How to make a music video when you can’t afford it

Many artists want to create a music video to attract new listeners, but are concerned about finances, especially now in these uncertain times when so many have seen their shows cancelled because of Covid-19. However, this should not stop you from doing what you do best: Creating music. Today we are going to take a look at music videos.

Music videos can be expensive, sure. That you can create a film matching Beyoncé’s “Lemonade” as an independent upcoming artist with only an iphone camera and a friend, might be a bit difficult:

Which doesn’t mean that you can’t create entire movies with an iphone camera. If you have a phone, and a great script, go ahead.

But if you’re not an upcoming director, and you’d like to be on the safe side, there are plenty of other possibilities to create a creative, authentic music video without having to decide between making a music video or having something for dinner.

Below we are going to share some tips how to create your music video without a large allowance.

1) Get creative with the location

Having to rent studios to shoot your video can become one of the more expensive things about creating a music video. But as Ámaris Wen showed with her recent video “Too Sad”, music videos don’t have to come with large production costs and can be created only with a camera and an empty subway. That’s right, in her music video “Too Sad” the only set you can spot is a slightly dystopian looking, empty subway. Watch below:

If you can find a location in your city where you can film without being disturbed which seems a good fit for your song, grab your camera and a friend and start creating. Always make sure that you have the permission when filming in a location where you are not sure if you are allowed to.

2) Make your video about a story

We get it: You song already does have a story, and your music video should be a music video, not a film.

But if you can create a short film out of your song, this could bring more depth to your song, and what you want to tell with it. You could also be able to drop the parts where your band is playing or where you would have to be shooting a large group of people dancing. Of course, your song is your creation, and you and your band know best what works for you. But if you feel that you can’t film with a group of people, try creating something that will work from your practice room – or sitting room.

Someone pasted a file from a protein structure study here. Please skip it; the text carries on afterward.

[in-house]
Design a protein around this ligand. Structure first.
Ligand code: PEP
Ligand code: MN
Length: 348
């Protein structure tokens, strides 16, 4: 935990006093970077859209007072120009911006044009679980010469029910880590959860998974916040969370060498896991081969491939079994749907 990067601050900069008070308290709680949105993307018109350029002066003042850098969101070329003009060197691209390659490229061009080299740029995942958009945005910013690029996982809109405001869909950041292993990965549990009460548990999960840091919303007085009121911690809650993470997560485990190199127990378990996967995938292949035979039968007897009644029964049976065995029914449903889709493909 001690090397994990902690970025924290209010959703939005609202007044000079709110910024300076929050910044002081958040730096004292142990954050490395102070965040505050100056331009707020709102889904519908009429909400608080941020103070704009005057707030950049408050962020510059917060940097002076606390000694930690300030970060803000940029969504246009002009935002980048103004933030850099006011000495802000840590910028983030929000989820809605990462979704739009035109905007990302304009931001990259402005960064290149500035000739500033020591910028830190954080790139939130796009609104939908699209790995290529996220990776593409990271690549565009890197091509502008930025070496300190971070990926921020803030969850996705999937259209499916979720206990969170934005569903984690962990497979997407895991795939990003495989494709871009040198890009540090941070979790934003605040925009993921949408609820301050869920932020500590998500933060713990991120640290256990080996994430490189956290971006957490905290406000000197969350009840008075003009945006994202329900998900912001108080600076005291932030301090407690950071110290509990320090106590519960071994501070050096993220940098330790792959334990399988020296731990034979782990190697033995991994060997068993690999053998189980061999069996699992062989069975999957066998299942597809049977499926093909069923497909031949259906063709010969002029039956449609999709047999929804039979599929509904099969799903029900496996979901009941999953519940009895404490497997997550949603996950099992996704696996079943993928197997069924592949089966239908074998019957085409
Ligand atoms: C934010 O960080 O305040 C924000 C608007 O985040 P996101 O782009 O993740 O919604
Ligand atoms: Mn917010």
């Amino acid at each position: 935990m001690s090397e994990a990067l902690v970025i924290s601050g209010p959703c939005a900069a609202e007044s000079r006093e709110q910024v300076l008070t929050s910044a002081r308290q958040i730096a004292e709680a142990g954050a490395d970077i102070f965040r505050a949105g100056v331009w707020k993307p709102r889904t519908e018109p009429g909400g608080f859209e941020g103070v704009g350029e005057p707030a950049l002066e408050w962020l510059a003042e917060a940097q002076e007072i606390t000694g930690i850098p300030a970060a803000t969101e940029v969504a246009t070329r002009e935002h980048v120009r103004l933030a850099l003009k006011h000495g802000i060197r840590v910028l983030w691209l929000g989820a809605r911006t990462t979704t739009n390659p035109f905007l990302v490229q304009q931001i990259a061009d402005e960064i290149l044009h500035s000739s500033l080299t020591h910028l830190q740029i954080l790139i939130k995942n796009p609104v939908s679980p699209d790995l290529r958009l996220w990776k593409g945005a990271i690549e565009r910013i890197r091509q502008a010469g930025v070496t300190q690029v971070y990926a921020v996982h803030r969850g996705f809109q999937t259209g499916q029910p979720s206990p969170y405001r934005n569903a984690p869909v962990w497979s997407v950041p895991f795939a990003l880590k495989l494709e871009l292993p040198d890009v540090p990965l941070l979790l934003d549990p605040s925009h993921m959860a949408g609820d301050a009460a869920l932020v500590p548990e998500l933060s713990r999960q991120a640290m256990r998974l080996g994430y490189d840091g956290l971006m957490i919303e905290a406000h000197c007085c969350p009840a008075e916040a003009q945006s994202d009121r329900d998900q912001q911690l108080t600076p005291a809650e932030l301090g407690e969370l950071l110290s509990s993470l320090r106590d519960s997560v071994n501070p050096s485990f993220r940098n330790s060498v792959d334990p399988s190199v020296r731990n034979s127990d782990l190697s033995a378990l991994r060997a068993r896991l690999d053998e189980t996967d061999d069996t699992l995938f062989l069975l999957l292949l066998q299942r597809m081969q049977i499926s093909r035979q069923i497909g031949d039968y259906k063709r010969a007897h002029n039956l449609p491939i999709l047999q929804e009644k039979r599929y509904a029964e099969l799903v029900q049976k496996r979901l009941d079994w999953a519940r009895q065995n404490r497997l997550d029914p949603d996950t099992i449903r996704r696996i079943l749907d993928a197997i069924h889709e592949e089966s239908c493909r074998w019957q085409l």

3) Create something different

Does it really have to be a full music video featuring you and your band mates singing and playing? If you’re good at animation and photoshop, you might even create an animation instead of actually shooting a video. This would even save you having to film and edit. Always make sure that it is a good fit for your music, though. If you want a video that shows you and your band performing, why not use footage of you performing for your video? Or, if your band mates can film themselves while performing, you could ask them if they could record themselves and send you the footage which you then could edit. If you are really good at it, you can even think about creating a lyrics video or a music video featuring only photos of either you and your band, or something completely different. Maybe you make drawings or animated films that would look great in your video?

There are so many options for you to create an authentic music video that would be completely different. Just make sure that it fits the music and your overall look as a band or performer, and be authentic. Your fans are going to understand that you can’t make music videos with large crews during these times, but they will love to see that you took the time and effort to create something authentic.

4) Watch music videos

Watching music videos from artists you love can give you ideas what you’d like to make in your music video. If you feel like you can’t come up with any idea, maybe you should take a little break, and get some air, or watch music videos on sites such as YouTube or Vimeo to get an idea. Make sure that you have something with you to write so that you can take notes when you get an idea what to put in your music video. Maybe even watching a film could help you with your script.

How are you making your music videos during Covid-19?

We would love to hear from you how you are making your music videos, and how you make sure that they are different. Go to our Contacts page or find us on and send us your links! We will feature the music videos we like the most in an upcoming post.

Stay safe.

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